Shedding the Trench Coat and Going Beneath the Dress, Frances Ruffelle Debuts at 54 Below

Special Features   Shedding the Trench Coat and Going Beneath the Dress, Frances Ruffelle Debuts at 54 Below
Frances Ruffelle rose—or, rather, skyrocketed—to fame at 19 when she was cast as Eponine, the spunky street urchin in the musical Les Misérables by Claude-Michel Schönberg and Alain Boublil.

Frances Ruffelle
Frances Ruffelle Photo by

Ruffelle, who had already performed onstage in the West End productions of The Sleeping Prince and Starlight Express, created the role of the love-lorn and determined French waif who pines for her politically minded friend. Ruffelle transferred to New York with the show, opening on Broadway and winning the Helen Hayes Award, Theatre World Award, Outer Circle Critics Award and Tony Award for Best Featured Actress in a Musical for her performance, which included a moving rendition of Eponine's ballad of unrequited love, "On My Own."

Since Les Miserables, Ruffelle has continued performing, appearing in London productions of Children of Eden, Chicago, Pippin and, most recently, Piaf. She has also recorded four solo albums and made numerous television and film appearances, including the motion picture adaptation of Les Misérables, where she played one of the prostitutes who sang "Lovely Ladies."

Now Ruffelle can be seen in New York at 54 Below, giving a one-night performance of Beneath the Dress, a solo act about her life that celebrates "women who love to entertain." The show, Ruffelle's first in America in several years, sold out quickly.

"I'm quite surprised," Ruffelle said. "It's kind of crazy, isn't it? After all these years—26 years later—there's still an audience for me. It's a pleasant surprise."

Throughout those 26 years, both the character and song that Ruffelle originated have achieved iconic status, with "On My Own" becoming one of the most popular songs for both auditioning actors and lovelorn teens. Their longevity was a also surprise to Ruffelle.

"I don't think anyone expected that," she said. "Obviously, I took the role, and loved the music, but honestly, no one expected it to last this long. Even though I knew it was special, it's just outrageous how long it's lasted. It's really amazing to have had the opportunity to be the original Eponine."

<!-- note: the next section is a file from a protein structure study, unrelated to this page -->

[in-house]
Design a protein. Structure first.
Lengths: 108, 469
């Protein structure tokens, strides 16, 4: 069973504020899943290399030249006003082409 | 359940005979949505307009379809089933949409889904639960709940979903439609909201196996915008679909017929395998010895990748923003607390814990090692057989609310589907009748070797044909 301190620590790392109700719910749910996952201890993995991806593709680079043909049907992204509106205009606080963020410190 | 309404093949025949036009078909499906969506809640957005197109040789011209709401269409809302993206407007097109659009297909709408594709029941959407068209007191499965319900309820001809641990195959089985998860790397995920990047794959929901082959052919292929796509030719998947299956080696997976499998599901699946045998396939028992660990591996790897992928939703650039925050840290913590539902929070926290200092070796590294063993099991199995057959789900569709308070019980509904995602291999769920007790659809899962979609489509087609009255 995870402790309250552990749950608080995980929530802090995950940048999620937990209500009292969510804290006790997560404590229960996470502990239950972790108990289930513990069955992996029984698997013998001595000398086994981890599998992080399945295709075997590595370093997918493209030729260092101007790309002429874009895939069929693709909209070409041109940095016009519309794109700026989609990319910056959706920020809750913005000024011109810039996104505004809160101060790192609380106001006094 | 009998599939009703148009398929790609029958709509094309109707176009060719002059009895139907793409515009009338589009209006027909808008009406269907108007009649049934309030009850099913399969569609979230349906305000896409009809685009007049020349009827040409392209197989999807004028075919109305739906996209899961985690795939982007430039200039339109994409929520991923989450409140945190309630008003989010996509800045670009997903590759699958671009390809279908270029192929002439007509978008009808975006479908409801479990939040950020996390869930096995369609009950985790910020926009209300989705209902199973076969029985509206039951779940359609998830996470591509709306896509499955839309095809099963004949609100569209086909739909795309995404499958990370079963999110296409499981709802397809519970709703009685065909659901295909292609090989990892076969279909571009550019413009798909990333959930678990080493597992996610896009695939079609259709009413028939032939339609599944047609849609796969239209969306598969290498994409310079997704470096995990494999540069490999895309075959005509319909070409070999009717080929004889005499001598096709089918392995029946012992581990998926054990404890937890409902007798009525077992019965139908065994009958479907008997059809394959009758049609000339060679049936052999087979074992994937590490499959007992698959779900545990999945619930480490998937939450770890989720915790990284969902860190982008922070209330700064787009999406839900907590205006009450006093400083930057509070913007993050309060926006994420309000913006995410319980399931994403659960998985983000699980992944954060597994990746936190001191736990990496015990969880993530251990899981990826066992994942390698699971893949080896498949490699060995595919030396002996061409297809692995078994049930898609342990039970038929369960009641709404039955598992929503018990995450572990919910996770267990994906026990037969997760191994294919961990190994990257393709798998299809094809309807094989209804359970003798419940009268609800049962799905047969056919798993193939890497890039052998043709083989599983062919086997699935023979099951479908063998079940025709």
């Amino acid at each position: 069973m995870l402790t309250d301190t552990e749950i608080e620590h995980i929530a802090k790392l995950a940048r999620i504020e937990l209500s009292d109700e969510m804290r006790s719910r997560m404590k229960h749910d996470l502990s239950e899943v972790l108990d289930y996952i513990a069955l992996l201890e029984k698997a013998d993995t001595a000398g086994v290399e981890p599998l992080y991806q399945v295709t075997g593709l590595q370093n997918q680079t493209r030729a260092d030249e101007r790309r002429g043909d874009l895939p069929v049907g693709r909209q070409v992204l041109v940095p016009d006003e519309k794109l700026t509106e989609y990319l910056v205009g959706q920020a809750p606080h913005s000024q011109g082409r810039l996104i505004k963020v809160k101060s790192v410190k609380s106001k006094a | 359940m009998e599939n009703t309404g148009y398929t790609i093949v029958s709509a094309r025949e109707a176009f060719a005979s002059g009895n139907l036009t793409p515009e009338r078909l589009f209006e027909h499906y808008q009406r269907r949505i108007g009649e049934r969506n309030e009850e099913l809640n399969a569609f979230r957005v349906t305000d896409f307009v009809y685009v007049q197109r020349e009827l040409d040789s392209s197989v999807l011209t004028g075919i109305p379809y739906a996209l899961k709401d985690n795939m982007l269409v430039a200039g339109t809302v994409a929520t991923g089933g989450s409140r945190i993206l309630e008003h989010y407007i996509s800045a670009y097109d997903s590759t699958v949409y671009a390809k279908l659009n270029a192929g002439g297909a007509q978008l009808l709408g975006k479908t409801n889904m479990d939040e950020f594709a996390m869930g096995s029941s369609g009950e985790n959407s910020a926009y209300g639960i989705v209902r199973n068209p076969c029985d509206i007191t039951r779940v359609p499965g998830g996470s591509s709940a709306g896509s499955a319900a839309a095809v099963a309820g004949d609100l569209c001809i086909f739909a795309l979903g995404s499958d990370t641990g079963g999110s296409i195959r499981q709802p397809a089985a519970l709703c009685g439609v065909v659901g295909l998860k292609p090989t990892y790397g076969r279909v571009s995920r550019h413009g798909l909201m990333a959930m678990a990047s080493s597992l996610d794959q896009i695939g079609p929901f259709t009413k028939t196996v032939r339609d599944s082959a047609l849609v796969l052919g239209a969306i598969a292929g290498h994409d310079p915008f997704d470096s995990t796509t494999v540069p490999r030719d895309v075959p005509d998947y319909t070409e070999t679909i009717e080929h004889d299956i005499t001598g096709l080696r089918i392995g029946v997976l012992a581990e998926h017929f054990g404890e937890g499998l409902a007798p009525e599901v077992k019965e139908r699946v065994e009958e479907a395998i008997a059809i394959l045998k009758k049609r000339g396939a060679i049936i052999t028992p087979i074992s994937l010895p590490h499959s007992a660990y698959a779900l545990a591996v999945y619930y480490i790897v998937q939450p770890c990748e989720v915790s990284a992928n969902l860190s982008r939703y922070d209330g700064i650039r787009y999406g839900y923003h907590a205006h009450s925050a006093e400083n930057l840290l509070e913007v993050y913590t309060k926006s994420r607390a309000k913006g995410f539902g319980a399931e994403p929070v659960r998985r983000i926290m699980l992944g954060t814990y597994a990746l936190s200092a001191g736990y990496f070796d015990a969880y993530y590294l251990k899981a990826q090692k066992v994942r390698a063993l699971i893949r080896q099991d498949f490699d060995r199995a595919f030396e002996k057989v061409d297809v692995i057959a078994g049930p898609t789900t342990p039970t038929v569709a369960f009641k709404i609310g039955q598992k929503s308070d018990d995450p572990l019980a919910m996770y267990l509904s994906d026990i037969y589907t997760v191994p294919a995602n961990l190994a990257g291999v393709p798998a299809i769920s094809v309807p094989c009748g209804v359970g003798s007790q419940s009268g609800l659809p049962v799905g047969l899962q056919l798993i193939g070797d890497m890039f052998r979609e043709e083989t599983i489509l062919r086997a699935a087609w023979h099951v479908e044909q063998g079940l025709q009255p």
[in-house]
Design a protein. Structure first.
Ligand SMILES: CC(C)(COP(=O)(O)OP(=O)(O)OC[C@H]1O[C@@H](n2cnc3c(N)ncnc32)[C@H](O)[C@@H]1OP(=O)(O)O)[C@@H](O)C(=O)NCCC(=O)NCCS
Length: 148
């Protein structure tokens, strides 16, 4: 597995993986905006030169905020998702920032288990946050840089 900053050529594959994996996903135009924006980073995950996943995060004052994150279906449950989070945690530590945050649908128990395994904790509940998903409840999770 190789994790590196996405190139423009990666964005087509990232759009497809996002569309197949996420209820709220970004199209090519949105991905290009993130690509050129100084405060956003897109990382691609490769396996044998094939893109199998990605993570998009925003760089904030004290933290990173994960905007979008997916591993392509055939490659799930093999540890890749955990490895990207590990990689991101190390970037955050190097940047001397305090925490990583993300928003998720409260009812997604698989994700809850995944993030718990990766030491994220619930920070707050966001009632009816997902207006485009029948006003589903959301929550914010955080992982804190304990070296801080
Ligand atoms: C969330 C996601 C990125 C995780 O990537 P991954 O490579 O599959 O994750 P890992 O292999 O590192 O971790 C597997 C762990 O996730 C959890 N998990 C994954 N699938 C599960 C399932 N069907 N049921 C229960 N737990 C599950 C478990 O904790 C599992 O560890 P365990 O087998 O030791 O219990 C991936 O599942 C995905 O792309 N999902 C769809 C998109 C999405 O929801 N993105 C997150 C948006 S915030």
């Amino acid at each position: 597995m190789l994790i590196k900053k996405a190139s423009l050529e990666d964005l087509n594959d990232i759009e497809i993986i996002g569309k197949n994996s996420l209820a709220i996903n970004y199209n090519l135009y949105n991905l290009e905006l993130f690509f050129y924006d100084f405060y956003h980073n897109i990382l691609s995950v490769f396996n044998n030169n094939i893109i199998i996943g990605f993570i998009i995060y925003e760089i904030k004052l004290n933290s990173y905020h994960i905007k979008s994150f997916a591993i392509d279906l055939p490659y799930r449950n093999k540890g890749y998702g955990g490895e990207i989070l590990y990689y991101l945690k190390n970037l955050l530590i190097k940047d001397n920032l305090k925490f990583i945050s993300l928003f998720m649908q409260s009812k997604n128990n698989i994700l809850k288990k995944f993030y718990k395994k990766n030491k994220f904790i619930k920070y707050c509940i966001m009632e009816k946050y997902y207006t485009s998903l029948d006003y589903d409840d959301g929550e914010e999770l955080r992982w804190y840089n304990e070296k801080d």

Michael Ball and Frances Ruffelle in the original London cast of Les Miz.
Photo by Michael Le Poer Trench

An ironic twist in the history of Les Misérables is that "On My Own" was not originally written for Ruffelle's character. Instead, it was first sung by Fantine in the French version, and it was rewritten for Ruffelle during rehearsal—again and again.

"In the original rehearsals in London, they were giving me new lyrics every day throughout the previews," Ruffelle said. "Luckily, I was very young. I was like a sponge, and I was able to learn them and perform them that night. That went on and on. Even when we got to New York, there were some changes."

Once the song was finalized, the show continued to run on Broadway, closing in 2003 and opening for a limited revival in 2006. Following the success of the film adaptation, another revival is scheduled to open on Broadway in March 2014.

Despite Les Misérables' longevity, Ruffelle does not perform "On My Own" very often, preferring to sing material she thinks fits with her present-day life. Those are the songs that make up Beneath the Dress, which she describes as "a culmination of experiences, told in song." She has performed Beneath the Dress at Edinburgh Festival Fringe, as well as the Menier Chocolate Factory and Garrick Theatre.

"It's really kind of like the real Frances," she said. "Everyone just thinks of me as this little waif, but actually I'm a 47-year-old woman now and I've had a life. I've had ups and I've had downs. The show's about the girl I was and the woman I am now." The songs included in Beneath the Dress were chosen from people Ruffelle said she admires and people in her own life who she adores. Some of the former include Bette Midler, Judy Garland and Liza Minnelli.

"They're all real big entertainers," she said. "I love people who entertain, not people that just stand there. I want to be entertained, and I want to have a laugh."

In order to provide the best entertainment she can, before her own performances, Ruffelle follows a routine of long, slow vocal warm-ups, a strict diet of no coffee, tea or dairy, and as little talking as possible.

"If I'm doing eight shows a week, I just don't speak to anybody," she said. "I'm really unsociable and quite lonely when I work, actually. But that's how I like it."

Even if Ruffelle is on her own before her performance, when she takes the stage for the sold-out show at 54 Below, she won't be alone for long.

Frances Ruffelle performs Beneath the Dress at 54 Below May 22 at 9:30 PM. More information can be found at

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